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Home bias in interbank lending and banks’ resolution regimes

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  • Michele Manna

    ()
    (Bank of Italy)

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    Abstract

    In recent years, banks have become increasingly aware of the credit risk borne in lending in the interbank market and they select their counterparties accordingly. They may also fear that if they come across a bad borrower, rescue plans will be skewed towards domestic creditors; moreover, lenders may prefer to defend their rights in their own regulatory and legal jurisdiction. Using 2004-09 data, this paper argues that these elements, the “resolution edge” of the domestic creditor, contributed to the increase in the home bias of interbank lending by euro-area banks from mid-2007 on, while a more consistent downward pattern emerges in the home bias of banks from five non-euro-area countries (including the US and the UK). The intuition is that when the crisis broke out, euro-area banks reckoned that within-the-area cross-border interbank loans carried a distinct risk compared with domestic loans. By contrast, a large Swiss bank, for example, did not need to wait until 2007 to gauge that its business in New York was a very different matter from a deal in Zürich.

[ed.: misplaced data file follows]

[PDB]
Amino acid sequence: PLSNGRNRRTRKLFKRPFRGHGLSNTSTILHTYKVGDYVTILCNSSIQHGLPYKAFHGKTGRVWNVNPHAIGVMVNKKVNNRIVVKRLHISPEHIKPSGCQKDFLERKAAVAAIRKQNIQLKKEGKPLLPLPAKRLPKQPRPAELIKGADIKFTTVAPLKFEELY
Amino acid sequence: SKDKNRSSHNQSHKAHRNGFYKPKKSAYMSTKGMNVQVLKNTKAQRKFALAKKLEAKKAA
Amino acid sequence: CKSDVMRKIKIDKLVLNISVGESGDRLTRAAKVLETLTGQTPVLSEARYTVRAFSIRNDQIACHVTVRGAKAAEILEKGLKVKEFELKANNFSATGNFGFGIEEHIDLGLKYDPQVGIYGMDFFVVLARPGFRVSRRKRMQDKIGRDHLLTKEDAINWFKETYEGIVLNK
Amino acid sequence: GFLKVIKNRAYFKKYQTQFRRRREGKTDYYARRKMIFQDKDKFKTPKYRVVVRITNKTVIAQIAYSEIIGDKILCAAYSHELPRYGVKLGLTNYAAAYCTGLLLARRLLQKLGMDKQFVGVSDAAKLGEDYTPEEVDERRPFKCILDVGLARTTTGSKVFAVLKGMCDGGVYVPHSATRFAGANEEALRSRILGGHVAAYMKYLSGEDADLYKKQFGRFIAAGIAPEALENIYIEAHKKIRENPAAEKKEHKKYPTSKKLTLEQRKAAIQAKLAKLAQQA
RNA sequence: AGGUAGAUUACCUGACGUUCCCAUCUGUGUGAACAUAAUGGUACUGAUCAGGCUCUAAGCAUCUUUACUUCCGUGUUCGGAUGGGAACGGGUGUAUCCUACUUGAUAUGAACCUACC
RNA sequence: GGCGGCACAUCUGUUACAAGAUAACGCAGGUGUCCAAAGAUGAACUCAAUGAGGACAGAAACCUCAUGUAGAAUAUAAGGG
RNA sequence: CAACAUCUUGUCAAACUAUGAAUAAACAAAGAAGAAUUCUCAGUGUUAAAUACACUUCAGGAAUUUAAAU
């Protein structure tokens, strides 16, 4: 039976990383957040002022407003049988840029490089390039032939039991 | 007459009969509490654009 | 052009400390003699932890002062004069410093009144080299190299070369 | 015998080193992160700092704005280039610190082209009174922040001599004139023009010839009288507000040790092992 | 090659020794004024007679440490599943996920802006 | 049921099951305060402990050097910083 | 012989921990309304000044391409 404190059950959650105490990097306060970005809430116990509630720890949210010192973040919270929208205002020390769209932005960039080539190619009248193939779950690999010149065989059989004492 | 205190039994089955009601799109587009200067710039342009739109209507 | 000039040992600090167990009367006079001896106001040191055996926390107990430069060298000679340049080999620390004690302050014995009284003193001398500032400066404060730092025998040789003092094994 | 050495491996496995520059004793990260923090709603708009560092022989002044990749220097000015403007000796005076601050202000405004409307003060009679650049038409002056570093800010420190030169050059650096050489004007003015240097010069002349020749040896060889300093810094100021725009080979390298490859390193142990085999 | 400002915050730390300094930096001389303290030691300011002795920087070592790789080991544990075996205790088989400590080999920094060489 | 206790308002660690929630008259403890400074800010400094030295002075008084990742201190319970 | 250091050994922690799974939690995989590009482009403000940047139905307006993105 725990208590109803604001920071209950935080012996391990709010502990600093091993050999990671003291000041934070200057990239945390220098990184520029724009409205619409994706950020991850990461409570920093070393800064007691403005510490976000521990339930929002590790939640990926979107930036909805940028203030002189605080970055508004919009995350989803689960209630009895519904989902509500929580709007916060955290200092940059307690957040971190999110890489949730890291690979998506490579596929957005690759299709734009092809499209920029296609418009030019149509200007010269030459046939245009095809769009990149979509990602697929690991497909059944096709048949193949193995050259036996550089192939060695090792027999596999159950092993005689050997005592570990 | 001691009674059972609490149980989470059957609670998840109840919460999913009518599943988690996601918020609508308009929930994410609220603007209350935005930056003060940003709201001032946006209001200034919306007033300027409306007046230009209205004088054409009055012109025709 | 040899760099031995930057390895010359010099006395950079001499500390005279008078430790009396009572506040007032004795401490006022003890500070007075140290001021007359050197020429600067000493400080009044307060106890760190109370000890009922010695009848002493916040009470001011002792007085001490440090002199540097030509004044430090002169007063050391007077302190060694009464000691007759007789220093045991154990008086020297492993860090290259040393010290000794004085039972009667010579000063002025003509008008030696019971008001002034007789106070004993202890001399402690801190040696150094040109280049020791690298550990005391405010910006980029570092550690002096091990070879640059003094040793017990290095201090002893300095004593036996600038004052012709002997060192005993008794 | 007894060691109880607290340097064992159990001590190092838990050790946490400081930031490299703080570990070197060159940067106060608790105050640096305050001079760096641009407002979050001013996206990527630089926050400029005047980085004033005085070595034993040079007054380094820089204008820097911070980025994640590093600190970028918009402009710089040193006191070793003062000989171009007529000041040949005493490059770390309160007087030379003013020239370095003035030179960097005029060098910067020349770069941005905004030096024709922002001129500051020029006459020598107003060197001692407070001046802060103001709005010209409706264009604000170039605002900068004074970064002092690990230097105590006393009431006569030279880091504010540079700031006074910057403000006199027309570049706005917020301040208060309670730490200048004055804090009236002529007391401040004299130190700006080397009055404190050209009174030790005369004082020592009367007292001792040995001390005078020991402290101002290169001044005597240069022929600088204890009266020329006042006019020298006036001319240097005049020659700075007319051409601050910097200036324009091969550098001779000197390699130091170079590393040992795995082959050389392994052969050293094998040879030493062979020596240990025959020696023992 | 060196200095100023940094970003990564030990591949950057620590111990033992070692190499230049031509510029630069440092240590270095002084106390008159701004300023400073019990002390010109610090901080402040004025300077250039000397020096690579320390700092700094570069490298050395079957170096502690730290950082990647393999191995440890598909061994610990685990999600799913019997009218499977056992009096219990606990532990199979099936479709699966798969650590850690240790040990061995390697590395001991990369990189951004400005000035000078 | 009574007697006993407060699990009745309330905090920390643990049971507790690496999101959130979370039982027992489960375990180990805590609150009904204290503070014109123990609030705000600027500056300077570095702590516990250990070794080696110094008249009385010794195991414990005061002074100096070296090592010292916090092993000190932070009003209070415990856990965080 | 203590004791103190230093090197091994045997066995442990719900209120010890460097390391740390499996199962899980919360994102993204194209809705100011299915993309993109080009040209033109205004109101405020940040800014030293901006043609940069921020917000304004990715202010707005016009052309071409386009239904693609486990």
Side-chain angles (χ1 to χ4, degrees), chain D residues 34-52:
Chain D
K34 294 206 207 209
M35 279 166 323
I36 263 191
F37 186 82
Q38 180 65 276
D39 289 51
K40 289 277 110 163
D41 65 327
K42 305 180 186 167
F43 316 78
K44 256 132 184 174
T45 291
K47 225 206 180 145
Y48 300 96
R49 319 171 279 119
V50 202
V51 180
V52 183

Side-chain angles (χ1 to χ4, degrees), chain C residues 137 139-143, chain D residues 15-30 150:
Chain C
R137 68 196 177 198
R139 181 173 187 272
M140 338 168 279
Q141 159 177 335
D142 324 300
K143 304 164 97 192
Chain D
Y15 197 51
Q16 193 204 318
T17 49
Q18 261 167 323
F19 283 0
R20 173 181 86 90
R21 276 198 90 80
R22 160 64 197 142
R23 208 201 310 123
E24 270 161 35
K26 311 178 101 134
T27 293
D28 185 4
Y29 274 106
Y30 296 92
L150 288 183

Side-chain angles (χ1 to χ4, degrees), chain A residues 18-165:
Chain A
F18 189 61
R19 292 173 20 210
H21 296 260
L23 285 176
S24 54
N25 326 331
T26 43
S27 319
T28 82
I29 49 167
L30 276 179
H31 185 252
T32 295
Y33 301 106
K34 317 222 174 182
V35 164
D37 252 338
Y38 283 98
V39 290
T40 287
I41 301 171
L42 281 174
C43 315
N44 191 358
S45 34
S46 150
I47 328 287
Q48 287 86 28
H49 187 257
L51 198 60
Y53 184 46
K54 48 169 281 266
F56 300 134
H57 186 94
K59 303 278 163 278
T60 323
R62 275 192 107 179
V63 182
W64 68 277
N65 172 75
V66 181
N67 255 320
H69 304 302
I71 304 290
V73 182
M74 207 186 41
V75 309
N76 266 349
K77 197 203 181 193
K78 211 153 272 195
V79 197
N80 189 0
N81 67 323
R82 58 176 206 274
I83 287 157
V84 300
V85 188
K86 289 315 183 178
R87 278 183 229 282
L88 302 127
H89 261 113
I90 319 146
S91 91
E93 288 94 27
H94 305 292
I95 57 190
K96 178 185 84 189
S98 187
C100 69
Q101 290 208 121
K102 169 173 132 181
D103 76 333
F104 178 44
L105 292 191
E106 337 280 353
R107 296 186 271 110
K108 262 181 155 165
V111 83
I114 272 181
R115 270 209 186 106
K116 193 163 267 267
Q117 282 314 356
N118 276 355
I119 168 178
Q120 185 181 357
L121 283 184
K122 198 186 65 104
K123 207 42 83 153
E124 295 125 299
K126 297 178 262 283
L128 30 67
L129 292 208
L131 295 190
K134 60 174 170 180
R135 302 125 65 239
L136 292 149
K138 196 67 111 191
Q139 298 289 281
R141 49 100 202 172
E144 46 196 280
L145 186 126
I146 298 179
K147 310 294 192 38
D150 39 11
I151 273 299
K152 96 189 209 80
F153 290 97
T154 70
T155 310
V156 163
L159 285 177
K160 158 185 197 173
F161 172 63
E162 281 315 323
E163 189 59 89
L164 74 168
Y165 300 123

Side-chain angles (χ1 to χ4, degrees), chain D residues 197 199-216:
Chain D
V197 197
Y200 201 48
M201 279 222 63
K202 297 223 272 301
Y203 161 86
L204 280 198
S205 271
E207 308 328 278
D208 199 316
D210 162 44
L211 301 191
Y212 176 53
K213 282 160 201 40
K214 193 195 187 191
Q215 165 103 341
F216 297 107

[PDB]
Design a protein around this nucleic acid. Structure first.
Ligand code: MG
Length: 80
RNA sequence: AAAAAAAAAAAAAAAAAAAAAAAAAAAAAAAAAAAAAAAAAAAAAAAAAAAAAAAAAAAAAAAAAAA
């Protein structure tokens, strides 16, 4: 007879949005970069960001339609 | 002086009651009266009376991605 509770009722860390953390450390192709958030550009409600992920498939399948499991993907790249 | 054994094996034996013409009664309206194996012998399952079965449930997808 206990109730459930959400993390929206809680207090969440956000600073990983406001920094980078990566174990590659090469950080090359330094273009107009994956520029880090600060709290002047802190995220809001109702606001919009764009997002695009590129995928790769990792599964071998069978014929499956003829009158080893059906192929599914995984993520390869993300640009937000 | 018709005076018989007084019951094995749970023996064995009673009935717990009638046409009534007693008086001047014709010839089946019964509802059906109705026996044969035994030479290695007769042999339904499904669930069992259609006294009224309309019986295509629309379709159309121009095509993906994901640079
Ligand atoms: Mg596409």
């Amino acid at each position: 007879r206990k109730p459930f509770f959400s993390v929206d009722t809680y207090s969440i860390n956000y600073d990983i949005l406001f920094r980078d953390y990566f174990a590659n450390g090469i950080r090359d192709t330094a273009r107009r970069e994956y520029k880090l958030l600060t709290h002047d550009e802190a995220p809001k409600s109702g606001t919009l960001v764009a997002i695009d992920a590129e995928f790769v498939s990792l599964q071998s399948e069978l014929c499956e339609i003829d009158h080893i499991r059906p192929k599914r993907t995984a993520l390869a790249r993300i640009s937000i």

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    File URL: http://www.bancaditalia.it/pubblicazioni/econo/temidi/td11/td816_11/en_td816/en_tema_816.pdf
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    Bibliographic Info

    Paper provided by Bank of Italy, Economic Research and International Relations Area in its series Temi di discussione (Economic working papers) with number 816.

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    Date of creation: Jul 2011
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    Handle: RePEc:bdi:wptemi:td_816_11

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    Keywords: home bias; interbank market; euro area; banks resolution procedures;

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    1. Xavier Freixas & Cornelia Holthausen, 2001. "Interbank market integration under asymmetric information," Economics Working Papers 579, Department of Economics and Business, Universitat Pompeu Fabra.
    2. Gara Afonso & Anna Kovner & Antoinette Schoar, 2010. "Stressed, not frozen: the Federal Funds market in the financial crisis," Staff Reports 437, Federal Reserve Bank of New York.
    3. Mark J. Flannery, 1996. "Financial crises, payment system problems, and discount window lending," Proceedings, Board of Governors of the Federal Reserve System (U.S.), pages 804-831.
    4. Adler, Michael & Dumas, Bernard, 1983. " International Portfolio Choice and Corporation Finance: A Synthesis," Journal of Finance, American Finance Association, vol. 38(3), pages 925-84, June.
    5. Felici Roberto & Pagnini Marcello, 2005. "Distance, bank heterogeneity and entry in local banking markets," Temi di discussione (Economic working papers) 557, Bank of Italy, Economic Research and International Relations Area.
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